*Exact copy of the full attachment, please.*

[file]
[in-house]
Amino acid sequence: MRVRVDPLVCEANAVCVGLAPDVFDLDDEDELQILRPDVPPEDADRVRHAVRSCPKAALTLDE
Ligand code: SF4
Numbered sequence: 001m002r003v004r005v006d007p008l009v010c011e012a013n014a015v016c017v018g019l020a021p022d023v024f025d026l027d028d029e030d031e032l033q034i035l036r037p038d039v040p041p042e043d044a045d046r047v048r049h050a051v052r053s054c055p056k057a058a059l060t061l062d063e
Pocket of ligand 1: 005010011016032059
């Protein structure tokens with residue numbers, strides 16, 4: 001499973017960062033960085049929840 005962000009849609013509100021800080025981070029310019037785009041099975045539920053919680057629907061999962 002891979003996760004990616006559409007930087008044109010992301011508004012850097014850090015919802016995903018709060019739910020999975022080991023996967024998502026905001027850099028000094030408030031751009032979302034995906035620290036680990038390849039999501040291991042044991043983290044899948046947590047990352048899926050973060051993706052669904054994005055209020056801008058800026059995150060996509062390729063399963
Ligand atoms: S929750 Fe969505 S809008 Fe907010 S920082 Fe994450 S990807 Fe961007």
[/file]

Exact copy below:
[in-house]
Amino acid sequence: MRVRVDPLVCEANAVCVGLAPDVFDLDDEDELQILRPDVPPEDADRVRHAVRSCPKAALTLDE
Ligand code: SF4
Numbered sequence: 001m002r003v004r005v006d007p008l009v010c011e012a013n014a015v016c017v018g019l020a021p022d023v024f025d026l027d028d029e030d031e032l033q034i035l036r037p038d039v040p041p042e043d044a045d046r047v048r049h050a051v052r053s054c055p056k057a058a059l060t061l062d063e
Pocket of ligand 1: 005010011016032059
């Protein structure tokens with residue numbers, strides 16, 4: 001499973017960062033960085049929840 005962000009849609013509100021800080025981070029310019037785009041099975045539920053919680057629907061999962 002891979003996760004990616006559409007930087008044109010992301011508004012850097014850090015919802016995903018709060019739910020999975022080991023996967024998502026905001027850099028000094030408030031751009032979302034995906035620290036680990038390849039999501040291991042044991043983290044899948046947590047990352048899926050973060051993706052669904054994005055209020056801008058800026059995150060996509062390729063399963
Ligand atoms: S929750 Fe969505 S809008 Fe907010 S920082 Fe994450 S990807 Fe961007």